- *Corresponding Author:
- Liping Wu
Intensive Care Unit Department, The First Hospital of Hebei Medical University, Shijiazhuang, Hebei 050000, China
|This article was originally published in a special issue, “Trending Topics in Biomedical Research and Pharmaceutical Sciences”|
Indian J Pharm Sci 2022:84(1) Spl Issue “204-207”
This is an open access article distributed under the terms of the Creative Commons Attribution-NonCommercial-ShareAlike 3.0 License, which allows others to remix, tweak, and build upon the work non-commercially, as long as the author is credited and the new creations are licensed under the identical terms
The paper aimed to explore the ability of bioelectric technology combined with acupoint stimulation on the collagen concentration and prognosis of invalid. Between June 2020 and June 2021, the study recruited 400 patients who underwent stress urinary incontinence in urology and reconstructive pelvic surgery. They were divided into the experimental group (bioelectric technology combined with acupoint stimulation, n=200) and control group (simple bioelectric stimulation, n=200) according to the odd-even method of admission order. The recovery status of the collagen concentration was matched between the two groups. The use of bioelectric technology combined with acupoint stimulation helped to improve stress urinary incontinence. The total effective rate of the study group was 92.0 %, which was higher than the control group. After treatment, the levels of abdominal leak point pressure, maximum urethral closure pressure, bladder compliance and collagen increased in the two groups, which were different from those before treatment (p<0.05). The improvement of the experimental group was better (p<0.05). The combination of bioelectric technology and acupoint stimulation in the treatment of stress urinary incontinence could advance the curative effect, increase pelvic floor muscle strength and improve the urodynamic status and the patient’s collagen concentration.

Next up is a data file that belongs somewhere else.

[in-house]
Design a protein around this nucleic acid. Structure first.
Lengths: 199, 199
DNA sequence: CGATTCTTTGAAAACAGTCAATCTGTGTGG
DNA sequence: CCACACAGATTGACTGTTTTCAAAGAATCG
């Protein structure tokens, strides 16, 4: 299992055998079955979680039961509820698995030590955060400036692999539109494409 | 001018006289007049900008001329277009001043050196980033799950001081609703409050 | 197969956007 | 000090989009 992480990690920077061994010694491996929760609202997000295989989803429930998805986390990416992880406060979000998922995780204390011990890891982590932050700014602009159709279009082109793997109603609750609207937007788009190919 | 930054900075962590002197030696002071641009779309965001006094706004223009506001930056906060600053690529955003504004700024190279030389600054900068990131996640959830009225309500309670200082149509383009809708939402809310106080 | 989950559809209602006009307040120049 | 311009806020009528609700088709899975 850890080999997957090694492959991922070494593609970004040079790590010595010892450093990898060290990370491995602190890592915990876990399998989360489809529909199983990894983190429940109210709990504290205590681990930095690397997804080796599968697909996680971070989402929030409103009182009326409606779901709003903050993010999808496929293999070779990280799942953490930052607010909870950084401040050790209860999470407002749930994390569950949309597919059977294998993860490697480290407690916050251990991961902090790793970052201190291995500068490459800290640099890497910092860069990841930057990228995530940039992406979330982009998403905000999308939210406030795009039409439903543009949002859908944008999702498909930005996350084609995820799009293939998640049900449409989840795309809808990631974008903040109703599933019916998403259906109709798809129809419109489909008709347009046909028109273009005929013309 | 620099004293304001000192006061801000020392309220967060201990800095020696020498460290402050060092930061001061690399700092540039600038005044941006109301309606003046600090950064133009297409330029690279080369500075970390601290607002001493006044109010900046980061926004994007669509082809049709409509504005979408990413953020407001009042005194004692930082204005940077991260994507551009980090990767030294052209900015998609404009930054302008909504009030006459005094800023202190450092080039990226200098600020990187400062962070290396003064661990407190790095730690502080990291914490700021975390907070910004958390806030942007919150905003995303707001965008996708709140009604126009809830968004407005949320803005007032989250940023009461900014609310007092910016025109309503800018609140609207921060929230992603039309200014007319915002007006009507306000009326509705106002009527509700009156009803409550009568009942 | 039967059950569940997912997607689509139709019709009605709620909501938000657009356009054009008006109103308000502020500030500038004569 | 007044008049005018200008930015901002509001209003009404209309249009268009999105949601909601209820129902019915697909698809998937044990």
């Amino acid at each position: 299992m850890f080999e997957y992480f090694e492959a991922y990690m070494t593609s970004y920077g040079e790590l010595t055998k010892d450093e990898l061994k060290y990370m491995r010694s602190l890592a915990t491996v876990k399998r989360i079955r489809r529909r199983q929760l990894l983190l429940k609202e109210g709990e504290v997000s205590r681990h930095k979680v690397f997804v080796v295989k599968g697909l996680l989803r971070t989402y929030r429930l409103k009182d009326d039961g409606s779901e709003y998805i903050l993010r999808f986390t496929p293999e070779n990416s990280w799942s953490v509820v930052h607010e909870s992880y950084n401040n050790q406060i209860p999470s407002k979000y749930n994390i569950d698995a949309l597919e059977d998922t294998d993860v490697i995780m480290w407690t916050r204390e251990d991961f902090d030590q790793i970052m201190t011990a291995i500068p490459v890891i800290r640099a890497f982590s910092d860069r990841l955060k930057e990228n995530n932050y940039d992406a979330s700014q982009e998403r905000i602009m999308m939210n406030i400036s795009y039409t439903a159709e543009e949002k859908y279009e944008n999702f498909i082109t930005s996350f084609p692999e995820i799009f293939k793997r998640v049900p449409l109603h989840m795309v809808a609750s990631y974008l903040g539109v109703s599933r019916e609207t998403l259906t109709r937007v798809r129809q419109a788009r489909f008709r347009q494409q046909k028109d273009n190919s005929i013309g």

Stress urinary incontinence, acupoint stimulation, bioelectrical stimulation, pelvic floor muscle strength
Urinary incontinence is usually a concept of unintended urination leakage, which will produce serious economic effect. It belongs to female pelvic floor dysfunction disease and the average prevalence rate is 3 %-55 % in the world. It has seriously affected the physical and mental health and living status of female patients . Urinary incontinence is estimated to cost more than $